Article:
Chefchaouen was not built with walls painted blue, it was built with doors painted green in the Muslim tradition. It was only in the 1930s that blue was introduced. Why?
There are several theories. Some say that houses were painted blue to keep mosquitoes and gnats away, others claim that blue was used by Jews to give the city the color of paradise. The fact is that Chefchaouen, thanks to this blue, has become a magical place, one of the most photographed in all of Morocco.
5 best things do in Chefchaouen
Chefchaouen is small and you can tour it in one day at a very slow pace.
1 – Take pictures and get lost in the blue of the city
It may sound like a trivial answer, but the most important thing to do in Chefchaouen is… take pictures. Of course! From the moment you enter the city and are surrounded in the blue of the medina, you will want to photograph the thousand colors of Morocco all the time.
The medina is small and you will be able to walk around it very well, the first confrontation with Chefchaouen must be just that: getting lost in the blue painted blue of the streets of the medina (always be careful though).
Visiting Chefchaouen takes one day, no more, but I suggest you sleep here at least one night. The atmosphere of the blue city at night is not to be missed.
2 – A break in Uta el-Hammam Square
The Uta el-Hammam Square is very beautiful and is the hub of blue city life. Lots of bars and clubs overlooking a long and narrow square from which you can also access the Great Mosque and the characteristic Kasbah. Uta el-Hammam Square is the ideal place to take a break and sip some good mint tea watching the local life rushing around.
3 – Visit the kasbah of Chefchaouen
The entrance is located in Uta el-Hammam square and it costs 10 dirhams. This allows you to visit the fortress and the art gallery inside the site. Inside you will find beautiful and well-kept gardens and you can climb the main tower. A few steep steps, a small effort well spent to get to the top and enjoy the view of the blue city.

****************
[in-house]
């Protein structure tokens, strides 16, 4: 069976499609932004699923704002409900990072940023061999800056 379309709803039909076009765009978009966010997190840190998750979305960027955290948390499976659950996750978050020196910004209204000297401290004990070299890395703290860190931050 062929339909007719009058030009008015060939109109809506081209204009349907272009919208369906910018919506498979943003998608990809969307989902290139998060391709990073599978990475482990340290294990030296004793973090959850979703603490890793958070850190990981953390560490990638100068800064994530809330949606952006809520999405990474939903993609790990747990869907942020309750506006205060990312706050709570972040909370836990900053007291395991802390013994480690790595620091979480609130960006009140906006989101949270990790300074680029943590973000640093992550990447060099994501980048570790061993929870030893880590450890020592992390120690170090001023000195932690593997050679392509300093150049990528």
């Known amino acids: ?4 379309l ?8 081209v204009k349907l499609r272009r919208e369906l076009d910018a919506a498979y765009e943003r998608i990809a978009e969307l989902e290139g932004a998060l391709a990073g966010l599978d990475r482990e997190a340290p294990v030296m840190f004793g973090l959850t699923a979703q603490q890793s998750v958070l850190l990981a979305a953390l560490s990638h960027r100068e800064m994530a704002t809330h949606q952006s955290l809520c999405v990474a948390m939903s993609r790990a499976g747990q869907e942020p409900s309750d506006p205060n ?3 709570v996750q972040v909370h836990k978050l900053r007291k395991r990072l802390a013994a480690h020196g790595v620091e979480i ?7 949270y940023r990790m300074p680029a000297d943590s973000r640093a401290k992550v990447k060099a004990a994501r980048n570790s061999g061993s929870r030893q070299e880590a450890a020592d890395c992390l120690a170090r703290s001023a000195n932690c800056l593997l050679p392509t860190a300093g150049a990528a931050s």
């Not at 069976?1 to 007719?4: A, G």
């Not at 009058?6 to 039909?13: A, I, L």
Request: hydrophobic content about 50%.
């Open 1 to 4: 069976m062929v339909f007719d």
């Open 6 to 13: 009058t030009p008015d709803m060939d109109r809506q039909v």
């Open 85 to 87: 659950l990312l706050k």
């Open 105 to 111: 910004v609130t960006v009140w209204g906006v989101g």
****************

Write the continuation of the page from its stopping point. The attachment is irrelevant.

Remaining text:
Chefchaouen from above is even more unusual. From here you can also see the Spanish Mosque at the top of the hill behind the city.
I highly recommend you to spend these 10 dirhams to visit the kasbah of Chefchaouen. It will be a beautiful experience.
4 – Discover the banks of the river
This is a gem that I discovered thanks to some Italian guys I found in a rest area in the desert while we were moving from Thinghir to Merzouga.
They had advised me, and I now advise you, to follow the path and reach the river that rises from the source Ras El-Ma and flows to the “right” (looking at the map) of Chefchaouen.
Here you can walk downhill on the left bank of the river and enjoy the local life and crafts. Among the mills and wash houses of the time there are children playing in the pools of water that formed the river and many producers of honey, dates and fruit kept in the water to keep it cool.
It is also a pleasant walk to protect yourself from the Moroccan heat.
This is the road that you will have to follow on foot from the square Uta el-Hammam until you reach the spring.
5 – An excursion from Chefchaouen to the nearby Talassemtane Park
Although I did not have time to go there, it is fair to include it in the things to see in Chefchaouen. The mountains around the blue city allow different trekking routes, moreover there are some beautiful waterfalls to visit: the Akchour waterfalls.
Where to eat in Chefchaouen?
Usually I don’t recommend places to eat because I believe that in those few days when you visit a city you don’t have the time or the luck to find the best places, unless they are particular/typical places.
This time, for Chefchaouen, I will make an exception. I recommend you to try the tajines of the Sindibad Cafe-Restaurant.